Anti-tank warfare arose as a result of the need to develop technology and tactics to destroy tanks and their supporting infantry during the First World War. Because tanks represent an enemy's greatest force projection, anti-tank warfare has been incorporated into the doctrine of every combat arm and service.
The predominant anti-tank weapons at the start of the Second World War were the tank-mounted gun, limbered (towed) anti-tank guns and anti-tank grenades used by the infantry. Anti-tank warfare developed rapidly, particularly on the Eastern Front, to include infantry and infantry support weapons, anti-tank combat engineering, towed anti-tank artillery, tank mounted guns, ground-attack aircraft and self-propelled tank destroyers. Both the Red Army and the Wehrmacht developed complex combined-arms methods of combating tank-led offensives, including deployment of static anti-tank weapons in in-depth defensive positions, protected by anti-tank obstacles and minefields, and supported by mobile anti-tank reserves and ground attack aircraft.
From the Korean War to the Cold War, Europe and other countries faced the possibility that a nuclear weapon could be detonated over an area of tank concentration in one strike. While technology was developed to protect crews of armored vehicles from the effects of collateral radiation, the same could not be done for all their supporting arms and services on which tanks depend. In the NATO countries little if any development took place on defining a doctrine of how to use armed forces without the use of tactical nuclear weapons. In the Soviet sphere of influence the legacy doctrine of operational maneuver was being theoretically examined to understand how the tank-led force could be used even with the threat of limited use of nuclear weapons on the European battlefield. The solution they arrived at was maneuver warfare while massively increasing the number of anti-tank weapons. To achieve this, Soviet military theorists (such as Vasily Sokolovsky) realized that anti-tank weapons had to assume an offensive role (rather than the traditionally defensive role of the Great Patriotic War) by becoming more mobile. This led to the development of guided anti-tank missiles, though similar design work was being performed in Western Europe and the United States.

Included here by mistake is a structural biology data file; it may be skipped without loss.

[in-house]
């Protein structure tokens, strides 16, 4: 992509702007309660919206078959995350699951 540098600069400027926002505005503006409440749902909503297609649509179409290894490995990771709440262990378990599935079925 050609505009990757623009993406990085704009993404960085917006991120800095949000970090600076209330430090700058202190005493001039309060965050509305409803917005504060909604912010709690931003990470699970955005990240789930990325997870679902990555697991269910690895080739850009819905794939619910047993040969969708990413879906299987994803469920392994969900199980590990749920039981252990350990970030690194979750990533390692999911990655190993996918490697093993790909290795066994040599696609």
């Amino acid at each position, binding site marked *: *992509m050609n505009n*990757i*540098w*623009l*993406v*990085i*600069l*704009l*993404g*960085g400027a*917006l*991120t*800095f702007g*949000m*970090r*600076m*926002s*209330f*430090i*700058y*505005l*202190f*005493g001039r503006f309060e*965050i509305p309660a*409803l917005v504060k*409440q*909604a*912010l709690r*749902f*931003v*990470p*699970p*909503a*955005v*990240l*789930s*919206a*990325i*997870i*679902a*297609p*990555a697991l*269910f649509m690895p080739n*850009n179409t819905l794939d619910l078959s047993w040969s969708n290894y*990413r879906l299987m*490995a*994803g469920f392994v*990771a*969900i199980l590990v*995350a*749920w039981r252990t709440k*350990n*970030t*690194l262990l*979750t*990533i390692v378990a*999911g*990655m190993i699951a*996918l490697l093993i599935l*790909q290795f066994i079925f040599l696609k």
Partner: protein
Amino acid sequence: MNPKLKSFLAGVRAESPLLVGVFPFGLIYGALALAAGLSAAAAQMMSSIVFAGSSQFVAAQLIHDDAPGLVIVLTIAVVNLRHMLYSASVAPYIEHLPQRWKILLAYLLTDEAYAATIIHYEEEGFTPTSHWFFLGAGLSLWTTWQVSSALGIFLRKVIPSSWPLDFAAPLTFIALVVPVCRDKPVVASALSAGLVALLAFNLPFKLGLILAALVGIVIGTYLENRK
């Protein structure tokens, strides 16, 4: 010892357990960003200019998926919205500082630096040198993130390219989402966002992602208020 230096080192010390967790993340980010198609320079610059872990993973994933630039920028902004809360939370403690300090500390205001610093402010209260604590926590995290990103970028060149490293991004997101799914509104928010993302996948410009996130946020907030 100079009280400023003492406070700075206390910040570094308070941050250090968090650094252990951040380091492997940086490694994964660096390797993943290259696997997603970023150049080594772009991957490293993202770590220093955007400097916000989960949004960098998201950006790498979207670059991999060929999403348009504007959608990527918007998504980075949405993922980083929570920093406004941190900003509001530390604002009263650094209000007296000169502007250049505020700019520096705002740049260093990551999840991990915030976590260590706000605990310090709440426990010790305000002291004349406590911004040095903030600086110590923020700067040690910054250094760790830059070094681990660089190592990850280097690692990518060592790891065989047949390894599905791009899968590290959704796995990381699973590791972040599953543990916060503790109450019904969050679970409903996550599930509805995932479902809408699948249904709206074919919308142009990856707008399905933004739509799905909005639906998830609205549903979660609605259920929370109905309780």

The French SS.10 missile was the first successfully used in anti-tank combat—by the Israel Defense Forces during the Suez Crisis of 1956, but the impact of Soviet anti-tank missile tactics was not evident until 1973, when Russian 9K11 Malyutka (Sagger) missiles were used by the Egyptian and Syrian armies during the Yom Kippur War against Israel. The outcome suggested that although the French missiles were a threat, they could be countered. The explosive power delivered by the missiles convinced NATO tank designers to continue their emphasis on increased armor, while Soviet designers retained their emphasis on mobility of tank-led forces. The utility of the light anti-tank weapon was also recognize by both sides of the Cold War and led to further development of both shoulder-launched and man-portable weapons used by the infantry squad, while heavier missiles were mounted on dedicated missile tank-destroyers, including dedicated anti-tank helicopters, and even heavier guided anti-tank missiles launched from aircraft. Also being developed were new varieties of artillery munitions in the form of top-attack shells, and shells that were used to saturate areas with anti-armor bomblets. Helicopters could be used as well to rapidly deliver scattered anti-tank mines.
Since the end of the Cold War in 1993, the only major new threat to tanks and other vehicles, has been the Improvised explosive devices used by insurgents following the Global War on Terror. However, while the tank remains an important part of the army, anti-tank weapons and tactics continue to develop, as was shown by the 2006 operation in Lebanon. Some anti-tank weapons from the Second World War are now used as infantryman's "artillery" to defeat snipers or gain entry to structures. Even the anti-tank rifle has returned in its new guise of the anti-materiel rifle. As long as there are tanks there will be specific anti-tank weapons.
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